Matt Shirvington, pictured training with the Waratahs,
will give the Dragons sprinting tips.
Matt Shirvington in fast lane for Dragons
BY TIM BARROW AND PETER FITZGERALD
12 Aug, 2011
St George Illawarra coach-in-waiting Steve Price has jumped quickly out of the blocks in pursuit of a competitive edge next year, recruiting former Australian sprint coach Matt Shirvington.
Shirvington will join the Dragons in November to oversee their preseason speed and acceleration program.
Since retiring from international athletics, the 32-year-old has worked with Super Rugby franchise the NSW Waratahs, as well as the Sydney Swans.
It was as a result of his work with the Waratahs earlier this year that Shirvington was recommended to Dragons physiotherapist Andrew Gray.
Gray, who also works with the NSW Origin team, approached Shirvington during Origin III camp in late June about possibly linking with the Dragons.
Shirvington will work with the club initially on a 12-week deal before reviewing his role at the beginning of the 2012 NRL season.
The hiring of Shirvington will ensure the Dragons are among the quickest and fittest squads in the NRL next year, having already secured Wests Tigers assistant coach Steve Folkes as Price's assistant.
Shirvington accepted his role would be challenging, especially in the post Wayne Bennett-era at the Dragons, but backed himself to succeed.
"Sure, it will be a slightly different year for the club, having Wayne away, but fundamentally as footballers they're amazing athletes and any chance I get to work with elite-level sportsmen is great," Shirvington told the Mercury last night.
"I'm going to have my work cut out. I know the structure of their training and conditions have been very well planned and thought out so I'm going to have to work hard to have an impact, but I know I can.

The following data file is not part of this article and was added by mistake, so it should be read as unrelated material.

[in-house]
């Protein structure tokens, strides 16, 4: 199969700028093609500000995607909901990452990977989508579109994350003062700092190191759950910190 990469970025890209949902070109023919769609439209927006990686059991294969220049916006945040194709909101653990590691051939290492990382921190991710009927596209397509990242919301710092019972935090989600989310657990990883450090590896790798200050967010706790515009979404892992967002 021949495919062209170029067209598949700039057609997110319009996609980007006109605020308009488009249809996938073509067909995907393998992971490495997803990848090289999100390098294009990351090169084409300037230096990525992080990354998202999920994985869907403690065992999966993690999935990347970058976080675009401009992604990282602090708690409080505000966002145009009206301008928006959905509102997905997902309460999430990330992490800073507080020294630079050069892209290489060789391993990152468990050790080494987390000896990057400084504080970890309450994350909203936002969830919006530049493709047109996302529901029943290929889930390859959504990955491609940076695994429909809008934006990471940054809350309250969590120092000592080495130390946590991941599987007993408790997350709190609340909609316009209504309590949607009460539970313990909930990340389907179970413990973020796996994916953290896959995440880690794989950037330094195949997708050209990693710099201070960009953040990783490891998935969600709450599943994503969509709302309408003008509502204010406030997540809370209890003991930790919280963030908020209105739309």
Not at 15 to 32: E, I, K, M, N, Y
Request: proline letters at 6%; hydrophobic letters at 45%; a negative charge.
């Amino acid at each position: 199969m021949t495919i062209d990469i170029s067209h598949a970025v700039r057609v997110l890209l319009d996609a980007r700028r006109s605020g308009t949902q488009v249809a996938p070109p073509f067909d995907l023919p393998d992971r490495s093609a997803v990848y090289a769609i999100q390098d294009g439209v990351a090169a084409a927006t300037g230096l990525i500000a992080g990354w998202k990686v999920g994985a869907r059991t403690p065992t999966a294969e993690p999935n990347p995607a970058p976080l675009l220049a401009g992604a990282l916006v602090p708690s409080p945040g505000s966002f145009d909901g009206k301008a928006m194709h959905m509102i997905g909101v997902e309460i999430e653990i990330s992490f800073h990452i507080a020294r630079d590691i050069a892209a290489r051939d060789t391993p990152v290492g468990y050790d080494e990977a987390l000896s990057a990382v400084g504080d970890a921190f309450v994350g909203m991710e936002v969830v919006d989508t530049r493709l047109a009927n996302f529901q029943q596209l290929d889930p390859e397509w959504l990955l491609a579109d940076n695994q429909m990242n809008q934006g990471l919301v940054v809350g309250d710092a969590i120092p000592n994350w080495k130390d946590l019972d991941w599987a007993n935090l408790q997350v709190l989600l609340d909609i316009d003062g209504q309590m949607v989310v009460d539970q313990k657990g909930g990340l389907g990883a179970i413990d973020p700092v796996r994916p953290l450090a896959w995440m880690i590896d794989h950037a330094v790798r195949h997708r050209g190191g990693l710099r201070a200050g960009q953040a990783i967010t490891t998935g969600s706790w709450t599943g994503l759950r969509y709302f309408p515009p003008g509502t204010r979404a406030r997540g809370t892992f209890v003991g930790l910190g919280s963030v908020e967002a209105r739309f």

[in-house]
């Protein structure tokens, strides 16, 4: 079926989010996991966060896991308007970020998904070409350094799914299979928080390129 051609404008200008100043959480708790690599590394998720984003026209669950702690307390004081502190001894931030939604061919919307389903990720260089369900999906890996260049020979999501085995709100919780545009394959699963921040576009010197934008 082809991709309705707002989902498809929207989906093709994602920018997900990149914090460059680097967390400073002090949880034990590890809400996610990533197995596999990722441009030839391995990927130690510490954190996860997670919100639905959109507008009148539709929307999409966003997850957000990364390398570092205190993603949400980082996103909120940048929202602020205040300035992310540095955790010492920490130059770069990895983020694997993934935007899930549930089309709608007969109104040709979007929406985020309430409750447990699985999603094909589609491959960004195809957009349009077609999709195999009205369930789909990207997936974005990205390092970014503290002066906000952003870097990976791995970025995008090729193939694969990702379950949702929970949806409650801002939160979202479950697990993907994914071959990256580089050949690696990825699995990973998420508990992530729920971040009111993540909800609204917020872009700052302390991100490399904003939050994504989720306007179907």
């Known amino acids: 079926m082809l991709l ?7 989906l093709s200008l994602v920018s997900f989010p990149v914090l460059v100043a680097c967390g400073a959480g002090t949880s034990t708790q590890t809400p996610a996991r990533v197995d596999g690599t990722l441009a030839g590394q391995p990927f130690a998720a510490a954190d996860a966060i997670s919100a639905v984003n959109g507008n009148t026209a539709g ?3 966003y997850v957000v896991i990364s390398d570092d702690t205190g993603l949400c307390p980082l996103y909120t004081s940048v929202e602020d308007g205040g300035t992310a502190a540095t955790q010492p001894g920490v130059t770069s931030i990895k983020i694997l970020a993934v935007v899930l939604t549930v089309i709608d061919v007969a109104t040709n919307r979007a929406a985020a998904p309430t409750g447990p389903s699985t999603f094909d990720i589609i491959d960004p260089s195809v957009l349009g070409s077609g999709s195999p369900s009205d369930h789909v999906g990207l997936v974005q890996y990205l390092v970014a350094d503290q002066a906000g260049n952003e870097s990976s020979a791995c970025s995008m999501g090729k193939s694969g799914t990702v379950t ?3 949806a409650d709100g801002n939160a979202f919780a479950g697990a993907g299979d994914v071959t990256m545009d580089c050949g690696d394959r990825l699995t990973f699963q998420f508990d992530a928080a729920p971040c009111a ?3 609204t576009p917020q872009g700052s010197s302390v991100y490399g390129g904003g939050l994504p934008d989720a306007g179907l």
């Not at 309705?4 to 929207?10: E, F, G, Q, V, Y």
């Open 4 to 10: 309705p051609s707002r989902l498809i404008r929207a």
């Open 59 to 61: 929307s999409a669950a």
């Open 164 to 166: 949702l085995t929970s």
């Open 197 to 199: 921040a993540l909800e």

"I have a unique outlook and insight into developing speed and the fundamentals of power. League is a game of inches so if you can put yourself in a position a little faster than your opposition - in both defence and attack - you can stabilise yourself and give yourself more time to have a greater impact."
Shirvington announced his arrival on the international stage with a career-best 10.03sec fourth in the 100m at the 1998 Commonwealth Games.
He was Australian 100m champion from 1998 to 2002.
Since retiring, Shirvington has been living in London, taking on coaching roles with talented young sprinters and also becoming a television personality.
He has been hired to boost the athletic performance of developing Dragons players like Kyle Stanley and Bronx Goodwin, as well as established stars including Brett Morris.
The announcement comes just a week after the club purchased a number of high-tech training apparatus, including an Alter-G treadmill, designed to take the weight loads off the players.